# EC-211 DATA STRUCTURES LECTURE 2. EXISTING DATA STRUCTURES IN C/C++ ARRAYS – A 1-D array is a finite, ordered set of homogeneous elements – E.g. int a[100]

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EC-211 DATA STRUCTURES LECTURE 2

EXISTING DATA STRUCTURES IN C/C++ ARRAYS – A 1-D array is a finite, ordered set of homogeneous elements – E.g. int a[100] specifies an array of 100 integers – Two basic operations: Extraction e.g. a[i] Storage e.g. a[i]=x;

1-D Array Element Access Address of A[i]=base(A)+i*esize Here base(A)=100 and esize=4 A[0] A[1] A[2] A[4] A[5] A[6] 100 Addresses of Individual Elements in int A[7] 104 108 112 116 120

Implementing 1-D Array In C, an array variable is implemented as a pointer variable. E.g. in int b[100], the type of b is “pointer to int” or “int *”.

2-D Arrays Rows as well as columns e.g. int a[3][5] The number of rows or columns is called range of that dimension A 2-D array only a logical data structure, because physical hardware does not have such facility (i.e. memory is linear)

2-D Arrays Thinking in 2 dimensions is convenient to programmers in many situations, e.g. – A map – A checkerboard – Any set of values that are dependent on two inputs; a departmental store that has 20 branches each selling 30 items int sales[20][30];

Implementing a 2-D array Mapping from 2-D logical space to 1-D physical space Two approaches – Row major order – Column major order

Row-Major Order The first row of the array occupies the first set of memory locations reserved for the array, the second row occupies the second set, and so on. A[0][0] A[0][1] A[0][2] A[1][0] A[1][1] A[1][2] Row 0 Row 1 Representation of A[2][3] in Row-major Order

Address of an Element in Row-Major Order Suppose int ar[r1][r2] is stored in row-major order with base address base(ar) and element size esize. The address of element ar[i1][i2] can be calculated by calculating the address of the first element of row i1 and adding the quantity i2*esize

Address of an Element in Row-Major Order The address of first element of row i1 is base(ar)+i1*r2*esize Therefore the address of ar[i1][i2]is base(ar)+(i1*r2)*esize+i2*esize or base(ar)+(i1*r2+i2)*esize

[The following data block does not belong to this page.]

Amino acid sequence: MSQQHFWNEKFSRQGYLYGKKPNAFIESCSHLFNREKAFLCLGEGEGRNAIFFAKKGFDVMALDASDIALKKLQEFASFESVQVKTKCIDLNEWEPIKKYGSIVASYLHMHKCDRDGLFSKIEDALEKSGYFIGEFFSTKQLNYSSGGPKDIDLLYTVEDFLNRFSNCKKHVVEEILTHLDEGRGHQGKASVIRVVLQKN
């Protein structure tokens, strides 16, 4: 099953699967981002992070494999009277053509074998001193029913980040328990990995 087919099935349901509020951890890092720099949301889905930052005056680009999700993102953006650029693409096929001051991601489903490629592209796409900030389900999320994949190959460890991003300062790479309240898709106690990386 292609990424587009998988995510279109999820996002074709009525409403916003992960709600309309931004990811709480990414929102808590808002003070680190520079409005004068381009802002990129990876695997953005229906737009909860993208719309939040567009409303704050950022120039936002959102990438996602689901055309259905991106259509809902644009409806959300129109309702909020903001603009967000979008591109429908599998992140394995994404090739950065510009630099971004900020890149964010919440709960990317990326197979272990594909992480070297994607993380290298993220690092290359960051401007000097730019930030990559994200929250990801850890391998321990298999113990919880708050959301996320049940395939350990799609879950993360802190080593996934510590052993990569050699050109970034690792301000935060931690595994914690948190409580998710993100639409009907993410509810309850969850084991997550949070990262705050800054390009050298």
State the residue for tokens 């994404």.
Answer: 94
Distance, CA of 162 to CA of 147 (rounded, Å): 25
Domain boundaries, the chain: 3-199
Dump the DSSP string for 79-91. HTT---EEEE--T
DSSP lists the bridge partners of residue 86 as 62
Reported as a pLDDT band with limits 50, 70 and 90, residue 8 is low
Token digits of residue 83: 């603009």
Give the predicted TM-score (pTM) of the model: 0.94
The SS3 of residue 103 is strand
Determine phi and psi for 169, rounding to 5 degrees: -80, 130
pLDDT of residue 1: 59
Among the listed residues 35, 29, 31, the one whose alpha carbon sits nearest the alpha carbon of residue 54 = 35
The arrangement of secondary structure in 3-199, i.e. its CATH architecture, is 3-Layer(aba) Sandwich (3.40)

Element Access in Row-Major Order Address of A[i1][i2]=base(A)+(i1*r2+i2)*esize Here base(A)=100, r1=2, r2=3, esize=4 A[0][0] A[0][1] A[0][2] A[1][0] A[1][1] A[1][2] Row 0 Row 1 Representation of A[2][3] in Row-major Order 100 104 108 112 116 120

EXISTING DATA STRUCTURES IN C/C++ STRUCTURES – A structure is a group of items in which each item is identified by its own name – Each item is called a member (or field) of the structure

Structures struct nametype { char first[10]; char midinit; char last[20]; }; struct nametype sname, ename; variables Data type

struct Member Access Dot operator (‘.’), e.g. cout< { "@context": "http://schema.org", "@type": "ImageObject", "contentUrl": "http://images.slideplayer.com/11/3265384/slides/slide_14.jpg", "name": "struct Member Access Dot operator (‘.’), e.g.", "description": "cout<

Struct Legal Operations Assignment between struct type variables is allowed (ANSI C) struct nametype { char first[10]; char mid; char last[20]; }; struct nametype n1, n2; // you can omit the keyword struct strcpy (n1.first,"Muhammad"); n1.mid='Y'; strcpy (n1.last,"Javed"); n2=n1; //struct assignment cout< { "@context": "http://schema.org", "@type": "ImageObject", "contentUrl": "http://images.slideplayer.com/11/3265384/slides/slide_15.jpg", "name": "Struct Legal Operations Assignment between struct type variables is allowed (ANSI C) struct nametype { char first[10]; char mid; char last[20]; }; struct nametype n1, n2; // you can omit the keyword struct strcpy (n1.first, Muhammad ); n1.mid= Y ; strcpy (n1.last, Javed ); n2=n1; //struct assignment cout<

Nested Structures struct addrtype { char straddr[40]; char city[10]; char state[3]; char zip[6]; }; struct nmadtype { struct nametype name; struct addrtype address; }; struct nmadtype nmad1, nmad2;

Structure Implementation The amount of storage set aside for a structure is the sum of storage specified by each of its member types. For instance, struct structtype { int field1; float field2; char field3[10]; }; struct structtype r; Suppose size of int is 4 bytes, size of float is 4, and size of char is 1 byte respectively. Then amount of memory allocated for variable r is ?

Structure Implementation Answer: 18 bytes Usually consecutive storage locations are allocated to members of structure Associated with each member of struct is an offset that is added to the base address of the struct to reach that field.

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